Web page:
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Obama Stonewalls Investment in Asia

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U.S. Foreign Policy Loses More Ground

Asian journalists were unable to get a straight answer on the administration’s opposition to the Asian Infrastructure Investment Bank (AIIB) from either the State Department or the White House this week -- at one point accusing the Obama administration of saying one thing publicly and another behind closed doors.

What is the AIIB?

The Asian Infrastructure Investment Bank (AIIB) was created to do exactly that: invest in Asian infrastructure. The need for investment has been growing at an exponential rate thanks to China’s emerging global economy.

Unlike the American dominated World Bank or International Monetary Fund, the AIIB is led by China. With $50 billion in investment funding, it also has the investment of 31 other countries in the region and western countries like Germany, France, Italy and the U.K. who’ve all climbed onboard.

The AIIB wants U.S. involvement, but the Obama administration has stonewalled.

Why is the AIIB needed?

China is in dire need of infrastructure.

According to the Economist:

"Nobody questions Asia’s almost inexhaustible appetite for investment in infrastructure. An oft-cited study by the ADB in 2009 put a number on it: $8 trillion between 2010 and 2020, of which 68% would be for new capacity. As for how it is spent, 51% would be for electricity, 29% for roads and 13% for telecommunications. Among this are many projects that China sees as in its own national interest, and certainly those of its contractors: high-speed railways linking Yunnan province to South-East Asia; ports in Indonesia, Pakistan and Sri Lanka (see article); a new Silk Road across Central Asia to Europe."

While traditionally the World Bank and the International Monetary Fund (IMF) would have supplied the funds for the expansion, funding for the IMF is currently stalled in Congress.

Why is the U.S. Opposed to the AIIB?

Technically, White House and State Department officials say the U.S. has not “lobbied against” it, but merely maintained that it must abide by international standards of transparency, creditworthiness, anti-corruption norms, and provide safeguards for social and environmental protection.

Barack Obama said explicitly in his State of the Union address that China was attempting to “write the rules for the world’s fastest-growing region,” The Economist points out, indicating that he might be uncomfortable with a Chinese solution to its funding problem. “We should write those rules,” he said.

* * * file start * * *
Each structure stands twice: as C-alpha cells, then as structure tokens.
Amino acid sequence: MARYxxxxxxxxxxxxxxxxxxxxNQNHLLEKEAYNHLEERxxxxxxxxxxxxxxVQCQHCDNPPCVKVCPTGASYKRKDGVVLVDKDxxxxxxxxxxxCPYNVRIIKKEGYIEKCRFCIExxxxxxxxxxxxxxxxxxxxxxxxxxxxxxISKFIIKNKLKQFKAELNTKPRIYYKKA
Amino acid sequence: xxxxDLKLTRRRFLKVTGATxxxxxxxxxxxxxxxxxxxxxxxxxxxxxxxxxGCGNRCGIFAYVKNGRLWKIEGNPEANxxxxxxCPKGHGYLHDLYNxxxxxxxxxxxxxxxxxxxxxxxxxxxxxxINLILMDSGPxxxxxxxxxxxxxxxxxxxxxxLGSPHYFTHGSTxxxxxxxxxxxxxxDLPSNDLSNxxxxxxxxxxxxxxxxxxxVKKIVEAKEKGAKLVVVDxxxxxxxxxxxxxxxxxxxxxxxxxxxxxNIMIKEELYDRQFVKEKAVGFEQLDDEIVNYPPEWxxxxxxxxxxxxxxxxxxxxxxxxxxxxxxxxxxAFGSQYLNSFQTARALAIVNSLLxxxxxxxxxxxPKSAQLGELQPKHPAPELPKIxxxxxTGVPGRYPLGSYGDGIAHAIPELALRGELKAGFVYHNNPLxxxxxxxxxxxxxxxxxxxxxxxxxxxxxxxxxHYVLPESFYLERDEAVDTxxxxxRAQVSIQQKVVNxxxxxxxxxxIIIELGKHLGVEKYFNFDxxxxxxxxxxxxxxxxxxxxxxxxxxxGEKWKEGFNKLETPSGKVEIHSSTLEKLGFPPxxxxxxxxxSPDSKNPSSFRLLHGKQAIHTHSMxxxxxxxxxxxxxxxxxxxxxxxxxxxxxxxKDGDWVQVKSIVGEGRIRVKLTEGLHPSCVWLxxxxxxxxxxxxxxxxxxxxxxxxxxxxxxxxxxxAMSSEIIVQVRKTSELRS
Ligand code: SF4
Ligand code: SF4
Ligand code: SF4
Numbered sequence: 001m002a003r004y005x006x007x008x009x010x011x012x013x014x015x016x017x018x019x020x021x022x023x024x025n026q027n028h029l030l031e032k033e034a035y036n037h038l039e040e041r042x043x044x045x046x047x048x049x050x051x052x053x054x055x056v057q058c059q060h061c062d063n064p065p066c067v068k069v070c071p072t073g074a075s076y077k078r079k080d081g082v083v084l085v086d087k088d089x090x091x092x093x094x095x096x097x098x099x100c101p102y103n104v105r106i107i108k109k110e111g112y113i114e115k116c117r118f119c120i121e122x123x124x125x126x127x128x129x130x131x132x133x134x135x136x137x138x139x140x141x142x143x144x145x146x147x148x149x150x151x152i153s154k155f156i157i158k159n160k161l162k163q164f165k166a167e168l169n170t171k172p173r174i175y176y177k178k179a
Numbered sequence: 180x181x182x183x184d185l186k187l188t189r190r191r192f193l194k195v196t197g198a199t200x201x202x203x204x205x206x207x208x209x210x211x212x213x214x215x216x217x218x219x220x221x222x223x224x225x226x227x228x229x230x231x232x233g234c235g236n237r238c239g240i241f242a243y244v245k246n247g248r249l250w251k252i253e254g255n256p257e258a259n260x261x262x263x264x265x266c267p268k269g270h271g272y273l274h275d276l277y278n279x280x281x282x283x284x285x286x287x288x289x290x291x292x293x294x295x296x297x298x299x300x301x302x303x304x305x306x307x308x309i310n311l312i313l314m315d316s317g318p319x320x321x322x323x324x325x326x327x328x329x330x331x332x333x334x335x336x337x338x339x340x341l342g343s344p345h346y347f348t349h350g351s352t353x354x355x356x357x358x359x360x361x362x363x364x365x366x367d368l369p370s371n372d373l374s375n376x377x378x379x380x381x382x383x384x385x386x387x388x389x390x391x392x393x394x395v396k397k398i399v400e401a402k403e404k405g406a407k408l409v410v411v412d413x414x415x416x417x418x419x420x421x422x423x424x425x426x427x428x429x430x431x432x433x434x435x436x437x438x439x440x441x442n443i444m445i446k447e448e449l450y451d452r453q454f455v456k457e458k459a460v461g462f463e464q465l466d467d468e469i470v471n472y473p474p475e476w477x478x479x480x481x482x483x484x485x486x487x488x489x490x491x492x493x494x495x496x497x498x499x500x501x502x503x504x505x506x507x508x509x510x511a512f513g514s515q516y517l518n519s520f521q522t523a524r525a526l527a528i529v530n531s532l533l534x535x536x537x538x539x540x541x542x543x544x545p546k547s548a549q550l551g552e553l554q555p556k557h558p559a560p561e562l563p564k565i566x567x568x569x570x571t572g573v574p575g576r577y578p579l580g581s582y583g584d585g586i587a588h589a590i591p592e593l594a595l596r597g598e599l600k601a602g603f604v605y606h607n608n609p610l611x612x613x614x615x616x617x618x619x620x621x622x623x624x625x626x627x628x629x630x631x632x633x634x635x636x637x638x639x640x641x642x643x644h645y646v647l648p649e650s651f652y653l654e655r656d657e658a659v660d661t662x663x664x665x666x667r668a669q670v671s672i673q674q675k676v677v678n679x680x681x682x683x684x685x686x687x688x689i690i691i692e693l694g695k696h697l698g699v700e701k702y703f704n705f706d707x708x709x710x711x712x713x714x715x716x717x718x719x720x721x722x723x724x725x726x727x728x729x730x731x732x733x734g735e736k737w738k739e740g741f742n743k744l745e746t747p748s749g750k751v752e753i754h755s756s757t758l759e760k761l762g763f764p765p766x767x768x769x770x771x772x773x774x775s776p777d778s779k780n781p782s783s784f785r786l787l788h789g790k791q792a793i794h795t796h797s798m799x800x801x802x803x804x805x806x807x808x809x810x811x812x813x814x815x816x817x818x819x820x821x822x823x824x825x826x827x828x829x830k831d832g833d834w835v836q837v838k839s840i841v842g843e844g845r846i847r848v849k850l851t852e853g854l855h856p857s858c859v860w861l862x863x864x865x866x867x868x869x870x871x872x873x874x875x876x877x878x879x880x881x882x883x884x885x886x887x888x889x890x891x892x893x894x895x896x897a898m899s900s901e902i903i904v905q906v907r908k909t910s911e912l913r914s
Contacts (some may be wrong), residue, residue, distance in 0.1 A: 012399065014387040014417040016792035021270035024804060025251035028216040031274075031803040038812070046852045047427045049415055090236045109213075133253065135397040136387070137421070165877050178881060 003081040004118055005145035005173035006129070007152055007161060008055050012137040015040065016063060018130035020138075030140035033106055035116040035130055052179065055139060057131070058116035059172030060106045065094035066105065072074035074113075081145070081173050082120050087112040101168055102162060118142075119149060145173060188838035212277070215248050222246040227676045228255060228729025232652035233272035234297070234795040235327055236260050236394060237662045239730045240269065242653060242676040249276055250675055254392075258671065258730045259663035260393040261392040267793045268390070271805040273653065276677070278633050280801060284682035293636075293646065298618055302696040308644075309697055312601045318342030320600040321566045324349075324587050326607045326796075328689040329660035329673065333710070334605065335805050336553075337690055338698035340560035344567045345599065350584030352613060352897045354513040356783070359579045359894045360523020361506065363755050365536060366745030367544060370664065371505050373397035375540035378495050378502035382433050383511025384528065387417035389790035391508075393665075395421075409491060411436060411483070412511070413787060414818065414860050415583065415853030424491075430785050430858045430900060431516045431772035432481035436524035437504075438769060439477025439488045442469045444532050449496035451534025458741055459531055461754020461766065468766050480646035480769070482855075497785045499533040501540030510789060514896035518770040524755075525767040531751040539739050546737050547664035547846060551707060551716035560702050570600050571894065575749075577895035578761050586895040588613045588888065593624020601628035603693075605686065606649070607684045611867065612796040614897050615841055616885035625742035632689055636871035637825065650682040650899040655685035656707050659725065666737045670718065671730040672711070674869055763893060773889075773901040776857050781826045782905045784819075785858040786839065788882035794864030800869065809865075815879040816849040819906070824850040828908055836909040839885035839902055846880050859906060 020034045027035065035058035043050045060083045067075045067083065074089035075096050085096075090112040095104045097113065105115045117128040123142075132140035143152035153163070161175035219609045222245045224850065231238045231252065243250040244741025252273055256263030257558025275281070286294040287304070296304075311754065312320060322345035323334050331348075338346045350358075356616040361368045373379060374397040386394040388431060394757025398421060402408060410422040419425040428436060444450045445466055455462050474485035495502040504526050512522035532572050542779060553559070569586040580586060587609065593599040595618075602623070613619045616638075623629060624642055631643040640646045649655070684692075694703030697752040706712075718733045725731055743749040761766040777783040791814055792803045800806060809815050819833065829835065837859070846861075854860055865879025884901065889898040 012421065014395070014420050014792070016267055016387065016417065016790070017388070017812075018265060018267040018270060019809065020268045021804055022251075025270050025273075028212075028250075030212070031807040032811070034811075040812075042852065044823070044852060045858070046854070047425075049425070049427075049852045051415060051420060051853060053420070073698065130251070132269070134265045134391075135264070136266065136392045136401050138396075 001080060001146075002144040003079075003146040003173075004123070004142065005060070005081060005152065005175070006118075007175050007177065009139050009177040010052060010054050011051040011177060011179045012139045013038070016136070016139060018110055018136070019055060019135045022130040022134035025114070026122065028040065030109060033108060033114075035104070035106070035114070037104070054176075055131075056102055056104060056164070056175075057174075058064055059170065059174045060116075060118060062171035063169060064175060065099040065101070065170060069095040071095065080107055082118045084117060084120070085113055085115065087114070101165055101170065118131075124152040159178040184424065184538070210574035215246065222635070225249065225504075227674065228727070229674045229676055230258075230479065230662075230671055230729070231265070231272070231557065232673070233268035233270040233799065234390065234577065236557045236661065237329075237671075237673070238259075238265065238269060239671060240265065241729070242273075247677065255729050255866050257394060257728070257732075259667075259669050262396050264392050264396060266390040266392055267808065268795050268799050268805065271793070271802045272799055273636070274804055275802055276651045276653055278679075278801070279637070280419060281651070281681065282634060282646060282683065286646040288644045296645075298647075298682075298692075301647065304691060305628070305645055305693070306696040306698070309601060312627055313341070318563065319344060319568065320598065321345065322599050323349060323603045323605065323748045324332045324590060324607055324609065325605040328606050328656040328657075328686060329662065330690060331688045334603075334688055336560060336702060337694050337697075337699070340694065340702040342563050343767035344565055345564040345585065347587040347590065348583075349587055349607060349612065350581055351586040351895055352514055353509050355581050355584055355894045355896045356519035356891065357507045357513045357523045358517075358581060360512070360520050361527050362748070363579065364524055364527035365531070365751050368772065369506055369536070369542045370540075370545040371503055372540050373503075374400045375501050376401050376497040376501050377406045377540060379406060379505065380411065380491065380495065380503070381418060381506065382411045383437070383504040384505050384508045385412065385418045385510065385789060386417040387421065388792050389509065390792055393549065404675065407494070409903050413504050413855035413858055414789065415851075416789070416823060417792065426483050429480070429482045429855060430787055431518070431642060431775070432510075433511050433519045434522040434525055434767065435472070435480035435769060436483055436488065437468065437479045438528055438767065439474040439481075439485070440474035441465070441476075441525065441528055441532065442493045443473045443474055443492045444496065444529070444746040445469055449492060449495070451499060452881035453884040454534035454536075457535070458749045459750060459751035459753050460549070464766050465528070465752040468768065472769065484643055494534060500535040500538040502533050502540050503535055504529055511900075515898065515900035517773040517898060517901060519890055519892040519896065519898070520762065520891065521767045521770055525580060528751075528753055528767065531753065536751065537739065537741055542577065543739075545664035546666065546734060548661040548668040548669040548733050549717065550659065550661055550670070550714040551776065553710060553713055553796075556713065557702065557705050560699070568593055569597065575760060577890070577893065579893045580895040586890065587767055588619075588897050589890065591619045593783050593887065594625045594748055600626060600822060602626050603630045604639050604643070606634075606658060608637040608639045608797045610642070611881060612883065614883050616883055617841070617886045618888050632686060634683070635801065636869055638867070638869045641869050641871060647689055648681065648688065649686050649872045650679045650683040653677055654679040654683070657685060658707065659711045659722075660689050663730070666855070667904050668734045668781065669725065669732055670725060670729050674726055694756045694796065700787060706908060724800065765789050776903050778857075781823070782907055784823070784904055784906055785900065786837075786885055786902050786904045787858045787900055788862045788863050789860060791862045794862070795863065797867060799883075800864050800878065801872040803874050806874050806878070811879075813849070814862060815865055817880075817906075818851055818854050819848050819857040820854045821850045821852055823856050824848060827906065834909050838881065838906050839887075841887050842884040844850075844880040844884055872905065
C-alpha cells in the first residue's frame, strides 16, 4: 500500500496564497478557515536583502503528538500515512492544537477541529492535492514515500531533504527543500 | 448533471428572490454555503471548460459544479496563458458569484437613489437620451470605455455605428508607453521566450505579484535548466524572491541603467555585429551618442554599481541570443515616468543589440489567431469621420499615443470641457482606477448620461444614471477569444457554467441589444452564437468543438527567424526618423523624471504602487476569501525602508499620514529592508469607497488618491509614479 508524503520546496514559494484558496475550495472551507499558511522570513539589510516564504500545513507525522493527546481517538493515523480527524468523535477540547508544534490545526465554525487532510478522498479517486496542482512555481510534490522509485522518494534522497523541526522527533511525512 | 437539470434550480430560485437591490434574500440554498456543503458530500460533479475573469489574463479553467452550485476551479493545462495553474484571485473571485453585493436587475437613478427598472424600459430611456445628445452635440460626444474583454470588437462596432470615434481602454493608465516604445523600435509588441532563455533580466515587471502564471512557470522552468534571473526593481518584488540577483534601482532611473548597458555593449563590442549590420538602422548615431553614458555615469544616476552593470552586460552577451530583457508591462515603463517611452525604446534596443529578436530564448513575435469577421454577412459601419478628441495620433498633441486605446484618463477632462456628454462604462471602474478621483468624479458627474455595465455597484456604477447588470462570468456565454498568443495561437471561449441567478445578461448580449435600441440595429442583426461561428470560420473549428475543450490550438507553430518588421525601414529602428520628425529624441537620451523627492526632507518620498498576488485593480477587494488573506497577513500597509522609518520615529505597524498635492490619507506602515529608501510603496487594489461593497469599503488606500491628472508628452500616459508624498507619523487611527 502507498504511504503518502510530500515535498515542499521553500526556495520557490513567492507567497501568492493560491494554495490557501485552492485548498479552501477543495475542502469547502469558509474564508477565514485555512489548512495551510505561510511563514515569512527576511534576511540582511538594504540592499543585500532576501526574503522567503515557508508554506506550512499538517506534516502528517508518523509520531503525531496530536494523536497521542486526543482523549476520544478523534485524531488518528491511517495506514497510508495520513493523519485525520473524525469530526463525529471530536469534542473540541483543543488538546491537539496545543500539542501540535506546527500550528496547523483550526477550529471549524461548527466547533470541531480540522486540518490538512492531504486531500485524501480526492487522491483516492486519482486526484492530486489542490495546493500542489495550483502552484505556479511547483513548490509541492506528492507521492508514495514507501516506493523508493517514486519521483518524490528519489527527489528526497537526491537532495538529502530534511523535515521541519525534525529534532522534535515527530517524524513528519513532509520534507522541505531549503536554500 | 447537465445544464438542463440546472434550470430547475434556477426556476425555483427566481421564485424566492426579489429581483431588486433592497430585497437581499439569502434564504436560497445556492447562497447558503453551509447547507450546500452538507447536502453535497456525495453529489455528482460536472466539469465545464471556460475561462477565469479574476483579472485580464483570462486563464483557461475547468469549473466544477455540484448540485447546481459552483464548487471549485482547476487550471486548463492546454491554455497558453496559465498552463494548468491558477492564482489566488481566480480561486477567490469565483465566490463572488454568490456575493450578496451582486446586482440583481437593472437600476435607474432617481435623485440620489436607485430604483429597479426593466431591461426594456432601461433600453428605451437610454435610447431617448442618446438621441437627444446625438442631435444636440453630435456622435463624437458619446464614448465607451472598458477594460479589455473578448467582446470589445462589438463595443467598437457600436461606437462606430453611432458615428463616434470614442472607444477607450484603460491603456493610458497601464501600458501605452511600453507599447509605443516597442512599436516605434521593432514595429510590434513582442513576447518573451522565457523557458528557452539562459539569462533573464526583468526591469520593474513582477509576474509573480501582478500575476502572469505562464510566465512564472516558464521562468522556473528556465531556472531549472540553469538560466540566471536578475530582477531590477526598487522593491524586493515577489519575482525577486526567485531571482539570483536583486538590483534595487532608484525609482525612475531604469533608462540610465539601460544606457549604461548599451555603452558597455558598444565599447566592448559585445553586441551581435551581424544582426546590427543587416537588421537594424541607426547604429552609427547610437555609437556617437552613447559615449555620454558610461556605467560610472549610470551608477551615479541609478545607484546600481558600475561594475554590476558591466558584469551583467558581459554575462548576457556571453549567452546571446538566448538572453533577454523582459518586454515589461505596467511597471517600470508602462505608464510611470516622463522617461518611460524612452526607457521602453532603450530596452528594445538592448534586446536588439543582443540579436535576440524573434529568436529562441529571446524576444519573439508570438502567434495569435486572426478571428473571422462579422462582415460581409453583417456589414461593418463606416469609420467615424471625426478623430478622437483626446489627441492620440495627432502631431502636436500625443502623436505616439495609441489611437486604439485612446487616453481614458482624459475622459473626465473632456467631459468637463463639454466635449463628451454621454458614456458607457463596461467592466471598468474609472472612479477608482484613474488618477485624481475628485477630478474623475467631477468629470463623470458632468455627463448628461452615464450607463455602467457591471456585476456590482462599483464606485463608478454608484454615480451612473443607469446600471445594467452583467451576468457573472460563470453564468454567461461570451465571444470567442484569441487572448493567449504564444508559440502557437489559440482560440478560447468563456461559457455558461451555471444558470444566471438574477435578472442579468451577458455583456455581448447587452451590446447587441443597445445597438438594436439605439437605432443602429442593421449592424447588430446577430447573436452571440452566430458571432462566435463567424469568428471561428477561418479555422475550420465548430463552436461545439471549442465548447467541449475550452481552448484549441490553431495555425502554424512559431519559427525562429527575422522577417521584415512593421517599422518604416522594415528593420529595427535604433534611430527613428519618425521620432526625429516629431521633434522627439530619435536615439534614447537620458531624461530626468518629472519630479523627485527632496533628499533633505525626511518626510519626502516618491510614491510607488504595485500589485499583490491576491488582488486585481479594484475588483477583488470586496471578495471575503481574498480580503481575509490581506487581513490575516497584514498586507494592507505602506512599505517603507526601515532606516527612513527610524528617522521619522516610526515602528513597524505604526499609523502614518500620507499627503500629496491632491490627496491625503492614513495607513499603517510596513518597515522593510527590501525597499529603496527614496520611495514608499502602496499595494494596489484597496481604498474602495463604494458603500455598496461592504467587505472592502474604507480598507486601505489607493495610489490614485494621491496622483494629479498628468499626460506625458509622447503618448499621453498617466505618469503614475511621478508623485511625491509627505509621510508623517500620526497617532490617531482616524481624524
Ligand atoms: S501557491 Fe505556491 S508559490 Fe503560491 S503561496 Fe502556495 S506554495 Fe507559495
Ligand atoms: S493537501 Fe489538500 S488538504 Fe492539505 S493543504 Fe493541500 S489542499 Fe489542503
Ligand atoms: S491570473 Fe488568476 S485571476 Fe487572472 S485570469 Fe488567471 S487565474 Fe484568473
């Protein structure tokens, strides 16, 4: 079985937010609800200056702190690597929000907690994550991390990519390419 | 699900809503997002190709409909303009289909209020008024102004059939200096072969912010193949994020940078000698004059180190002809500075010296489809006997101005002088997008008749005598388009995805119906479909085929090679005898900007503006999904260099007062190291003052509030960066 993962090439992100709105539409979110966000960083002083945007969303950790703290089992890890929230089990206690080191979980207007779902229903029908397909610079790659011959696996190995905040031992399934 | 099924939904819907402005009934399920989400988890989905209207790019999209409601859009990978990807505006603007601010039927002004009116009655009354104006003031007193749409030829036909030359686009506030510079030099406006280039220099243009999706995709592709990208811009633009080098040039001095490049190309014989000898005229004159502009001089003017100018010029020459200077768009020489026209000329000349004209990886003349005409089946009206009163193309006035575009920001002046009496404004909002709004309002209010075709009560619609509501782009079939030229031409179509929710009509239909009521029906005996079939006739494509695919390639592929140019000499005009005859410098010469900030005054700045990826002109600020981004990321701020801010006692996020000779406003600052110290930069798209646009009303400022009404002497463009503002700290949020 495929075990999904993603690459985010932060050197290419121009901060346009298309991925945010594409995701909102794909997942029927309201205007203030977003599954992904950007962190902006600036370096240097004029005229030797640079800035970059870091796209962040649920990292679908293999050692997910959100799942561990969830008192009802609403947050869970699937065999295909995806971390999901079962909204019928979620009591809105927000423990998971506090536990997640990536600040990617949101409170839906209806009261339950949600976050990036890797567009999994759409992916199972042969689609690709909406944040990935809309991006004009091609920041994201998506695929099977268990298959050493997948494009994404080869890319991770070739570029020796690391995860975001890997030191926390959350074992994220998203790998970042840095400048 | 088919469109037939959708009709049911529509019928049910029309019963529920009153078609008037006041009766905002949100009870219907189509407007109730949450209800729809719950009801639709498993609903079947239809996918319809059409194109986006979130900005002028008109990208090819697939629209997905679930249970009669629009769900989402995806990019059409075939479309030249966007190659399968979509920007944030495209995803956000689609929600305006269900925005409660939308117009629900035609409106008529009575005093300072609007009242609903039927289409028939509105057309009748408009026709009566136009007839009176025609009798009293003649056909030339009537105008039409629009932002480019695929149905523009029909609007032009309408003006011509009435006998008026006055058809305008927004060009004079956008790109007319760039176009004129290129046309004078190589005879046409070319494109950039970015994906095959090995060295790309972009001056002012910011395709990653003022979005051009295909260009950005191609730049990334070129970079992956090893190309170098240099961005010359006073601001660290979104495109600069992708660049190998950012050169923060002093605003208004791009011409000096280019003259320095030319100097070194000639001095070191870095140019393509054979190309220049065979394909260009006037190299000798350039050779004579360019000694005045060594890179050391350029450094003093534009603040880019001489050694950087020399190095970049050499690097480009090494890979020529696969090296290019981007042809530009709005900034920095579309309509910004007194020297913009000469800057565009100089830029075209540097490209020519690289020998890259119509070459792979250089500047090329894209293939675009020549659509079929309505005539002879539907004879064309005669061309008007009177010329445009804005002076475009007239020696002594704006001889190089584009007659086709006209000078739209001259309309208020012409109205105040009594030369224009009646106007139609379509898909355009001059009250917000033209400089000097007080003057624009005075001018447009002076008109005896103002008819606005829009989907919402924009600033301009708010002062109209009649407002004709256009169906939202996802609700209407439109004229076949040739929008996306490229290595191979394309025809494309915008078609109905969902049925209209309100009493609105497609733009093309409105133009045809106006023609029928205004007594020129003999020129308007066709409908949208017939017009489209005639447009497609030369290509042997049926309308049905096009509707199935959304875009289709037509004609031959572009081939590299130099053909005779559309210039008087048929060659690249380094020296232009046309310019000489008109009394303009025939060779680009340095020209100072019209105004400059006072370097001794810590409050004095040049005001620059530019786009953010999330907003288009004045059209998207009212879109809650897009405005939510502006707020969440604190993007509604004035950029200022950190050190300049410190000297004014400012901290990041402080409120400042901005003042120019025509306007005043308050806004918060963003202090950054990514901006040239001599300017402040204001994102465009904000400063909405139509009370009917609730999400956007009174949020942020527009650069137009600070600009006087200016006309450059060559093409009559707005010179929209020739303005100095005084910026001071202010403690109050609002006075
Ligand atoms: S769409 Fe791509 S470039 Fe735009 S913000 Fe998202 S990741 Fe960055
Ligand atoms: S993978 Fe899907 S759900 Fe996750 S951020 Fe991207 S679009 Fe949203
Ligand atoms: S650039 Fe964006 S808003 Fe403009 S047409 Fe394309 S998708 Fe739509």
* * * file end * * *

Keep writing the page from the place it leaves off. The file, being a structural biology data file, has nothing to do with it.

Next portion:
And reports indicate the Obama administration tried to convince other countries to not fund the AIIB, and that influence worked at first with several close Asian allies.

Is this just another in a string of U.S. State Department bumbles?

The administration’s opposition to the AIIB certainly isn’t increasing our stature in the region.

Bloomberg writes:

“The U.S. is acting like a disgraced ambassador from a tin-pot dictatorship in demanding perquisites out of all proportion to its role. The whole world is paying the price, but America will be the biggest loser in terms of influence when other countries simply bypass it and the institutions it did so much to build in the first place.”

Likewise, the Bangkok Post excoriated Obama's position:

“Washington can hardly complain about its sideline status…. President Obama is passing up an opportunity for the United States to take part in a legacy-making Marshall Plan for the 21st Century. On top of that, he is alienating Asians, Western allies and his own party. The US government should be embracing the AIIB and abandoning the TPP, not the other way around (abandoning the AIIB and ramming through the TPP).”


Is the Obama administration being hypocritical?

The White House has heavily criticized the Republicans in Congress for sending a letter to Iran in advance of knowing the details of a nuclear deal that hasn't been finalized. Yet, Washington’s stance on the AIIB is exactly the same thing: a negative position before any details have been worked out.

The same point was made by Robert Zoellick, former president of the World Bank, who “faulted the Obama administration for taking an unfavorable position on the AIIB in advance of knowing the details of its governance.”

“Strangely, this relatively uncontroversial institution has become a point of contention between the U.S. and Europe, even before the rules of the organization have been established,” points out The Diplomat.

“The United States has long demanded that other major countries share in the burden of global initiatives and institution-building,” notes out the Bangkok Post. “Now that the Chinese government has stepped up to the plate, President Obama is passing up an opportunity for the United States to take part in a legacy-making Marshall Plan for the 21st Century.”

Indeed, Obama’s foreign policy has constantly and unequivocally demanded regional solutions, especially in conflicts in the Middle East, but now it is hypocritically blocking a regional solution that seeks funding for regional infrastructure.

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